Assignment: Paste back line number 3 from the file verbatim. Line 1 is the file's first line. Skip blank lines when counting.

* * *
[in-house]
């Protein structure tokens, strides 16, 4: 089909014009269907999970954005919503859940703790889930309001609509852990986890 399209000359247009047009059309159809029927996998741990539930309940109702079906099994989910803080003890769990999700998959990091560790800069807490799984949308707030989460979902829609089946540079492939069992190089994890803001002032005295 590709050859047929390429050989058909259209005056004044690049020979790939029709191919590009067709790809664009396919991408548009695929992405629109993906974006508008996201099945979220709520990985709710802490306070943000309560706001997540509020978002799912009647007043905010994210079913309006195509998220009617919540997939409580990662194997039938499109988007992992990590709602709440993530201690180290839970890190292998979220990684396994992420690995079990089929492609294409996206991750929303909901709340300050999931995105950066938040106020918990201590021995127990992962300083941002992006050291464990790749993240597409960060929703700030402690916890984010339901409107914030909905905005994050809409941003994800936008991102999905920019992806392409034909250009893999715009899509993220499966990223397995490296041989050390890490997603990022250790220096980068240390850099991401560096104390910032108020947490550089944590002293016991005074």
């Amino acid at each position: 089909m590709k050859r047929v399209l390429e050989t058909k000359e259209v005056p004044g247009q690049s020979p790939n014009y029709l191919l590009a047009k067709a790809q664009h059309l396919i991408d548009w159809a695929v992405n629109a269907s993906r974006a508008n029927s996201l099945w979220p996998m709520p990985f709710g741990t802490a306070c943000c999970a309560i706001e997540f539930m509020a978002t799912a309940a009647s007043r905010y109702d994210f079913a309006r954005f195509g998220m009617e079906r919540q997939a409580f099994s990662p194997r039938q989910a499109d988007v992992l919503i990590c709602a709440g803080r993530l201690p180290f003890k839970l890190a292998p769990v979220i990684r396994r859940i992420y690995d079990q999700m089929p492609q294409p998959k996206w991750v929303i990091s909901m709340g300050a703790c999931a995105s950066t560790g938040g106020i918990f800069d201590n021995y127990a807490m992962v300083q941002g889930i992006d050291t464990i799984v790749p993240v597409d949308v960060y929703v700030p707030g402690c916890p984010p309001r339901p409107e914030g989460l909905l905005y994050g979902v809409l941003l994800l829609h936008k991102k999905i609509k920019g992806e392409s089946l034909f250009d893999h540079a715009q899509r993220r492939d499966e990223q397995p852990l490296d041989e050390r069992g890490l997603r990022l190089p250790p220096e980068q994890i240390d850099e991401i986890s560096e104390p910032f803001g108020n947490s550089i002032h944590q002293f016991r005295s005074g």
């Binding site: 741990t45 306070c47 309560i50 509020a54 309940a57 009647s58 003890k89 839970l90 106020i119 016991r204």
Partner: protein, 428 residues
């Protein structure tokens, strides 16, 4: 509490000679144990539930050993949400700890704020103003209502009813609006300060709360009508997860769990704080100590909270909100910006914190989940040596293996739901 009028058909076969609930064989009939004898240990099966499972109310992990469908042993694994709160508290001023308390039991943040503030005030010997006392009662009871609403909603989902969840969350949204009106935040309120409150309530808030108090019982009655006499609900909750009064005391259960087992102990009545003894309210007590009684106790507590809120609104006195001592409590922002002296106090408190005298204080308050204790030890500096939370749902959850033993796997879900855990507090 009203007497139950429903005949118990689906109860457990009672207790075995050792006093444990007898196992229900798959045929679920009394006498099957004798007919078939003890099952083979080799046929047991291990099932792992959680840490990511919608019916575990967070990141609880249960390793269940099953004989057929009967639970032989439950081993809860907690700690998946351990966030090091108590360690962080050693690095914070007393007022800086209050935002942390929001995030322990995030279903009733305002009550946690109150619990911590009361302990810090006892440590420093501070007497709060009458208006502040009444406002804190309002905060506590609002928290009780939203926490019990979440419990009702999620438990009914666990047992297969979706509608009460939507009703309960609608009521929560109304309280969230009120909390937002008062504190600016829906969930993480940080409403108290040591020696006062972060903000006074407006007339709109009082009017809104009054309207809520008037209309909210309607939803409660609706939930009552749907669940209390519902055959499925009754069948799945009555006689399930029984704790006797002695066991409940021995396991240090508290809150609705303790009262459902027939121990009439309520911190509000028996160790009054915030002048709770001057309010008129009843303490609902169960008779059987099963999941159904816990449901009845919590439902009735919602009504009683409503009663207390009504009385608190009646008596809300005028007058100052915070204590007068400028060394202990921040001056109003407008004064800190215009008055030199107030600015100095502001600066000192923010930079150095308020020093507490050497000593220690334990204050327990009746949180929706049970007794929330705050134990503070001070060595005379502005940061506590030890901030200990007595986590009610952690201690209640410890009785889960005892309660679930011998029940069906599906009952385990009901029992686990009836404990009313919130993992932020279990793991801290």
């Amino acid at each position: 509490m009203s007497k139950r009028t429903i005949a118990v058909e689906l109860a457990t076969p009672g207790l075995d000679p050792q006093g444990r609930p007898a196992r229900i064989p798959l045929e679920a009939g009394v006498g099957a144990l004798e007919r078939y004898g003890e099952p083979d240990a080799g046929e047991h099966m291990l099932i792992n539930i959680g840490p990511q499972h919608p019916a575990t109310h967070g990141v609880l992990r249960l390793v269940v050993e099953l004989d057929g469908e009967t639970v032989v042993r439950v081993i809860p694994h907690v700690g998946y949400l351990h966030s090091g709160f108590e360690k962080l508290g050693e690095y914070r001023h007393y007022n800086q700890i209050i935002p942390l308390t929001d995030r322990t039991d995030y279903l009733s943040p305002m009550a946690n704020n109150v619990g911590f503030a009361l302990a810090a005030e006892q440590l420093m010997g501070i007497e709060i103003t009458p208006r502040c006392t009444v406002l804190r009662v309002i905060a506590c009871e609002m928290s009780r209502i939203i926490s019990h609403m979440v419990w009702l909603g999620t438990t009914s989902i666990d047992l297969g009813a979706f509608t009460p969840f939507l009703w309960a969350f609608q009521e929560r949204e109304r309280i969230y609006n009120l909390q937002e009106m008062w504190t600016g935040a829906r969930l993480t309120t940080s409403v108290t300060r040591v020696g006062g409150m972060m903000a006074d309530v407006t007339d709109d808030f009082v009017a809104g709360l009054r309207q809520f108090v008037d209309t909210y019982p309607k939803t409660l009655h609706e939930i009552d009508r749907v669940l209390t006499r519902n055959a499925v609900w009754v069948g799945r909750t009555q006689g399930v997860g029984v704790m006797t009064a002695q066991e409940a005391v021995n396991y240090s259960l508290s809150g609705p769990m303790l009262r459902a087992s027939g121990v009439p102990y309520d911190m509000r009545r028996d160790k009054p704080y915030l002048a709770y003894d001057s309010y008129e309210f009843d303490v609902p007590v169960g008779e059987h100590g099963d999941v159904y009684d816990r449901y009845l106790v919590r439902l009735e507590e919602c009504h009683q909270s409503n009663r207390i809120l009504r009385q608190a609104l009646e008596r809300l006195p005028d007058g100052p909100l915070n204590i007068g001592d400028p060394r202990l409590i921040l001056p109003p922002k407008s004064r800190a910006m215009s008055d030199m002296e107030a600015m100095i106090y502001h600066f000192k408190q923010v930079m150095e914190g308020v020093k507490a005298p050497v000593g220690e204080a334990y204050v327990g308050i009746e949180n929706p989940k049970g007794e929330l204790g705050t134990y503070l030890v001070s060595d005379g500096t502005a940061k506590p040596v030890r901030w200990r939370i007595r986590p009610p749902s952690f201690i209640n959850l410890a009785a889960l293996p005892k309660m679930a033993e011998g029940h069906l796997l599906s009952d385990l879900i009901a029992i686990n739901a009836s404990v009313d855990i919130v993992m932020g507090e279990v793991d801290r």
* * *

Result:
């Amino acid at each position: 089909m590709k050859r047929v399209l390429e050989t058909k000359e259209v005056p004044g247009q690049s020979p790939n014009y029709l191919l590009a047009k067709a790809q664009h059309l396919i991408d548009w159809a695929v992405n629109a269907s993906r974006a508008n029927s996201l099945w979220p996998m709520p990985f709710g741990t802490a306070c943000c999970a309560i706001e997540f539930m509020a978002t799912a309940a009647s007043r905010y109702d994210f079913a309006r954005f195509g998220m009617e079906r919540q997939a409580f099994s990662p194997r039938q989910a499109d988007v992992l919503i990590c709602a709440g803080r993530l201690p180290f003890k839970l890190a292998p769990v979220i990684r396994r859940i992420y690995d079990q999700m089929p492609q294409p998959k996206w991750v929303i990091s909901m709340g300050a703790c999931a995105s950066t560790g938040g106020i918990f800069d201590n021995y127990a807490m992962v300083q941002g889930i992006d050291t464990i799984v790749p993240v597409d949308v960060y929703v700030p707030g402690c916890p984010p309001r339901p409107e914030g989460l909905l905005y994050g979902v809409l941003l994800l829609h936008k991102k999905i609509k920019g992806e392409s089946l034909f250009d893999h540079a715009q899509r993220r492939d499966e990223q397995p852990l490296d041989e050390r069992g890490l997603r990022l190089p250790p220096e980068q994890i240390d850099e991401i986890s560096e104390p910032f803001g108020n947490s550089i002032h944590q002293f016991r005295s005074g």